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Quantum leap towards superfast computers

 Researchers at the Universities of Edinburgh and Manchester recently developed a device which could mean that superfast quantum computers become only a glimpse away.The new device successfully combines magnetic molecules to a so called molecular machine able to shuttle these molecules between two distinct locations without requiring any external force.Instead of the current black and white binary computing, where a microprocessor can only read a 0 or 1 at a time,  quantum computing employs quantum binary digits, or qubits, which may not only occupy a range of intermediate values but may also exist in parallel. As a result, effective manipulation of multiple qubits can lead to computers which are millions of times faster than current computers.According to Professor David Leigh, of the University of Edinburgh's School of Chemistry, "The magnetic molecules involved have a potential to be used as qubits, and combining them with molecular machines enables them to move, which could be useful for building quantum computers."Professor Richard Winpenny of the University of Manchester's School of Chemistry, said:  "Here we have shown we can bring the qubits together, control how far apart they are, and potentially switch the device between two or more states. The remaining challenge is to learn how to do the switching, and that's what we're trying to do now."Original Paper:Chin-Fa Lee, David A. Leigh, Robin G. Pritchard, David Schultz, Simon J. Teat, Grigore A. Timco, Richard E. P. Winpenny, Hybrid organic"“inorganic rotaxanes and molecular shuttles. Nature 458, 314 - 318 (19 Mar 2009)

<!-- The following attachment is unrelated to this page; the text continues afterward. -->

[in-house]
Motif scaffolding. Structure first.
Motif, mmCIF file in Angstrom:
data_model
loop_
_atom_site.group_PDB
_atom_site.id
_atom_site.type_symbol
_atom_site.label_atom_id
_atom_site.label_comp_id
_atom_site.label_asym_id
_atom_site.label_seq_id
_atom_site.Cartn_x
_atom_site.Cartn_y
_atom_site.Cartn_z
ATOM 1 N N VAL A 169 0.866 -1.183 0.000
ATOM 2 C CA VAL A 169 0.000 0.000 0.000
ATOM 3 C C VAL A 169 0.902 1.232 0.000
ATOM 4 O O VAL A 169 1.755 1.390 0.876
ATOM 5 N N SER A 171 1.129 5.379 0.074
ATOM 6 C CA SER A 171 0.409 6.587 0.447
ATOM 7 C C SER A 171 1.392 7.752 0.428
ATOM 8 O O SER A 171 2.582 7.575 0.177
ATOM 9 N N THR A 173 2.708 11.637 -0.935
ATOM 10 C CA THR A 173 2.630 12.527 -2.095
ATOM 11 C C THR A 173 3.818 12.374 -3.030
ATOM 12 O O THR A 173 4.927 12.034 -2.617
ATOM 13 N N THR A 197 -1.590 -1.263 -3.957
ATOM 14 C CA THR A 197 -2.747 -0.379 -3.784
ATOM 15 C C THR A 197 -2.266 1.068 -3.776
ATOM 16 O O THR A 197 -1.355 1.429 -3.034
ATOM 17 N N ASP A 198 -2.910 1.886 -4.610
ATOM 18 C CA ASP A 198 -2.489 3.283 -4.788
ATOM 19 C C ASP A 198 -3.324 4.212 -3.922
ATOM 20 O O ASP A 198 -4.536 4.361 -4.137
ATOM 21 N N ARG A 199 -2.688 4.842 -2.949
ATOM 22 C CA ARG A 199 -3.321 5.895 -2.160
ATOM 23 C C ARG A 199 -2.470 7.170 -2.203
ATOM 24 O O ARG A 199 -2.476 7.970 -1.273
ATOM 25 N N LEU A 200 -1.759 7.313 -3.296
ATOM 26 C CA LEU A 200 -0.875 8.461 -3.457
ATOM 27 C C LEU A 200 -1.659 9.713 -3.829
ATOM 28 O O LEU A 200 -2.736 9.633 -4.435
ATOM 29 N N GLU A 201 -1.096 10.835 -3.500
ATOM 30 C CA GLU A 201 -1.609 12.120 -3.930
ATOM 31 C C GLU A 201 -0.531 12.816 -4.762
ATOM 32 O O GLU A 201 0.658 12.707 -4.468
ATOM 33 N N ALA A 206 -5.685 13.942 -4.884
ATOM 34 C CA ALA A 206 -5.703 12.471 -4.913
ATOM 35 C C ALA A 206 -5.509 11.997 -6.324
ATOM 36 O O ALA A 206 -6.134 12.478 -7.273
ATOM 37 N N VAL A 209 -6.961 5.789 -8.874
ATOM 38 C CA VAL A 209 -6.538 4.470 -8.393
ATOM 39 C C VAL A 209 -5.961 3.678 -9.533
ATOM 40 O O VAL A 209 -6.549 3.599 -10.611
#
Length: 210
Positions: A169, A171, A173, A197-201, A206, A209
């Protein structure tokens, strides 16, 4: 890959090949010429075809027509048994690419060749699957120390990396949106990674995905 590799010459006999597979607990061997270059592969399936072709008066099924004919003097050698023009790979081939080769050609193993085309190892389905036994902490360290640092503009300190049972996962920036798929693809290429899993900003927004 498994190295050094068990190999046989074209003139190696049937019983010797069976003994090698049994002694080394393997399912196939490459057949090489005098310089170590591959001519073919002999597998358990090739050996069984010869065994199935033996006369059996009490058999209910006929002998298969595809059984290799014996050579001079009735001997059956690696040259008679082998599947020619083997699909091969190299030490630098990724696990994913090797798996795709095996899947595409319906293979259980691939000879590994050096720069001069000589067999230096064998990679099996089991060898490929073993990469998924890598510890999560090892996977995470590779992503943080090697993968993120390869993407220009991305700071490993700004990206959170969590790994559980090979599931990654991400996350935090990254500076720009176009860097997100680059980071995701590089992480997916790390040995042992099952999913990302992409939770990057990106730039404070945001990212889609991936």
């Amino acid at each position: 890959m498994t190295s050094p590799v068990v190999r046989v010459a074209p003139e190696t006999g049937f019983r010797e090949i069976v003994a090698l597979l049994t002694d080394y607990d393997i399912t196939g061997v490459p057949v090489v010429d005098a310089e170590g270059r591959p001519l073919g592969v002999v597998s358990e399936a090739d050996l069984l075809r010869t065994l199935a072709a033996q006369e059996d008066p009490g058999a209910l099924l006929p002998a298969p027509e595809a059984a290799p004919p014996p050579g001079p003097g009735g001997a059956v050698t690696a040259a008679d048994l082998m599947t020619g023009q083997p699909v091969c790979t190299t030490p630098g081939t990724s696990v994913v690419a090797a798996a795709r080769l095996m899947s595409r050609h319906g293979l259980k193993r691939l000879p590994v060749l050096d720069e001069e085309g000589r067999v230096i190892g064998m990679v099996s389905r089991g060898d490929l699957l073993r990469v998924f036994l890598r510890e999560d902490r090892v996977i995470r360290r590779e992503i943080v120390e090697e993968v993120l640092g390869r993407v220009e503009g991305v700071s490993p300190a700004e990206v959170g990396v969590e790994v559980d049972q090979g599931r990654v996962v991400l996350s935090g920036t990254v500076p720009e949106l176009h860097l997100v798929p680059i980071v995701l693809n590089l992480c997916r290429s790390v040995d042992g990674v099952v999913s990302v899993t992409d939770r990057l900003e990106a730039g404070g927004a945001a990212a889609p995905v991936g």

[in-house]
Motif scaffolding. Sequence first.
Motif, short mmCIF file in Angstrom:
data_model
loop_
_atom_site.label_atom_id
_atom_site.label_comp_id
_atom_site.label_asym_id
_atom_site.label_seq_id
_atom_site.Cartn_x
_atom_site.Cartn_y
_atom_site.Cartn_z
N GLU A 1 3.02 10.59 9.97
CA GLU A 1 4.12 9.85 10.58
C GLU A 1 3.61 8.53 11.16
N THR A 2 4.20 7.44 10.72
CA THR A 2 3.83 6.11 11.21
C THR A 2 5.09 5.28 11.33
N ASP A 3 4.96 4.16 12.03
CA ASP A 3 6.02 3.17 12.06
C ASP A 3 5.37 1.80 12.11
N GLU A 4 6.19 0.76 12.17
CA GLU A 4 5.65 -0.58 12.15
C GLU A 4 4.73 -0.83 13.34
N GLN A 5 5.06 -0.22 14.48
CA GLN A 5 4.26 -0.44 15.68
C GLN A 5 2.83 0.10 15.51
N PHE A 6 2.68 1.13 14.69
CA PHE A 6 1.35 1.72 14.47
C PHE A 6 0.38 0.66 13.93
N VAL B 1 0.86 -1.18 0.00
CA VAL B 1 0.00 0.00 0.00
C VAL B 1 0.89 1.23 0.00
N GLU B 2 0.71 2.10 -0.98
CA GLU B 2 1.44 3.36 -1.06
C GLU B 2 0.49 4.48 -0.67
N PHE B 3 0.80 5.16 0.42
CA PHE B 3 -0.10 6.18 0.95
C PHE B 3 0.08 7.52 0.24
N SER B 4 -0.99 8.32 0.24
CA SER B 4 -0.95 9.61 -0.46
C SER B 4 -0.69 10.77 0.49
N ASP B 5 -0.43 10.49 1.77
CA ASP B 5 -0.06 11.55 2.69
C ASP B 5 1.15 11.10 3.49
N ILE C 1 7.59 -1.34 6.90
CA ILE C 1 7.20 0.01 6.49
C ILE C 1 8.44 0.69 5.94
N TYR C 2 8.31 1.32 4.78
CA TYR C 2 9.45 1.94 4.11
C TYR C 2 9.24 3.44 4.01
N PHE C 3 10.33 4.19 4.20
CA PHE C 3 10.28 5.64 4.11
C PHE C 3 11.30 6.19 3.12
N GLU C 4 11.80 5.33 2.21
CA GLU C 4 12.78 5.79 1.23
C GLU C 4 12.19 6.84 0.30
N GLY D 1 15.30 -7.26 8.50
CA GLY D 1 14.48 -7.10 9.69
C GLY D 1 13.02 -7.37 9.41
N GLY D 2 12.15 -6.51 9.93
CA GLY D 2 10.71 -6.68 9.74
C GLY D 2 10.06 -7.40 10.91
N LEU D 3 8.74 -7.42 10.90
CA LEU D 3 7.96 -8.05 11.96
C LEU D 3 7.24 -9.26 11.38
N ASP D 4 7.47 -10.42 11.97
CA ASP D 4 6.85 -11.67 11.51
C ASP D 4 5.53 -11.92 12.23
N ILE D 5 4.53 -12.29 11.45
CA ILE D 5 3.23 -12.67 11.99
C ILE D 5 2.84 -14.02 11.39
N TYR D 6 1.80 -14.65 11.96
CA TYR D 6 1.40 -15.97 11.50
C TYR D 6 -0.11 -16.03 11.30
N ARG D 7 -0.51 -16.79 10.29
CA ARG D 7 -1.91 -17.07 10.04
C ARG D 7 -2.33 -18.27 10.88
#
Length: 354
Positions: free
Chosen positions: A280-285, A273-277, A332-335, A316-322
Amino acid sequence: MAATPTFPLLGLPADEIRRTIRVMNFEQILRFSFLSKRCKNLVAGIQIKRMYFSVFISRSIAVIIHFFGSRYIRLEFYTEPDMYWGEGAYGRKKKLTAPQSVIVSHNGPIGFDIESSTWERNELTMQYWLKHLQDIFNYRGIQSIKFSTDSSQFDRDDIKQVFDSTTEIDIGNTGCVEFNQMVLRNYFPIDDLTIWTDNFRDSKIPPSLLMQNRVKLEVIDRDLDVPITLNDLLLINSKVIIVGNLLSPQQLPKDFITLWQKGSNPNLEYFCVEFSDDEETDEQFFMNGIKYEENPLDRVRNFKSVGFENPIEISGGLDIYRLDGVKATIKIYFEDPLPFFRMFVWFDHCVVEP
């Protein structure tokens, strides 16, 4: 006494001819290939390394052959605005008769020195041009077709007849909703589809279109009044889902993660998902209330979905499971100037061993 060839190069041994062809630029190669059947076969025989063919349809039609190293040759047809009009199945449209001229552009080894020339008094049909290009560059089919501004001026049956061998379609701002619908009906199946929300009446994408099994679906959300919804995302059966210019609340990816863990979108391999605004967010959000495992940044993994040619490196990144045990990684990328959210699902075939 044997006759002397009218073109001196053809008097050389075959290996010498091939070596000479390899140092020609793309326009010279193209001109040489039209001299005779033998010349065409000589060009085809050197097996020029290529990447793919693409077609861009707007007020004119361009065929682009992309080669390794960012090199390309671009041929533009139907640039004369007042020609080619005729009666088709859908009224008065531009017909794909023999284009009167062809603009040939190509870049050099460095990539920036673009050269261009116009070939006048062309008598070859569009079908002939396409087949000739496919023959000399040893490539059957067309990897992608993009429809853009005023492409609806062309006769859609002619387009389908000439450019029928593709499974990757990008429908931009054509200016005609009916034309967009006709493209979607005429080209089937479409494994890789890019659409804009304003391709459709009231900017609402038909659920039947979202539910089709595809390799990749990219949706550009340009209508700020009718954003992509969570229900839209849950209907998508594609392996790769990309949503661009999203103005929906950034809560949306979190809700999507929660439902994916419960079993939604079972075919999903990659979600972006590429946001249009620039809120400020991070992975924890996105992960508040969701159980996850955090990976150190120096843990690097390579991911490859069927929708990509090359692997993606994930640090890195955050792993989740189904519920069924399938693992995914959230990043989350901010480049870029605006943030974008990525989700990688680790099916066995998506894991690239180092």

Stylianos Serghiou

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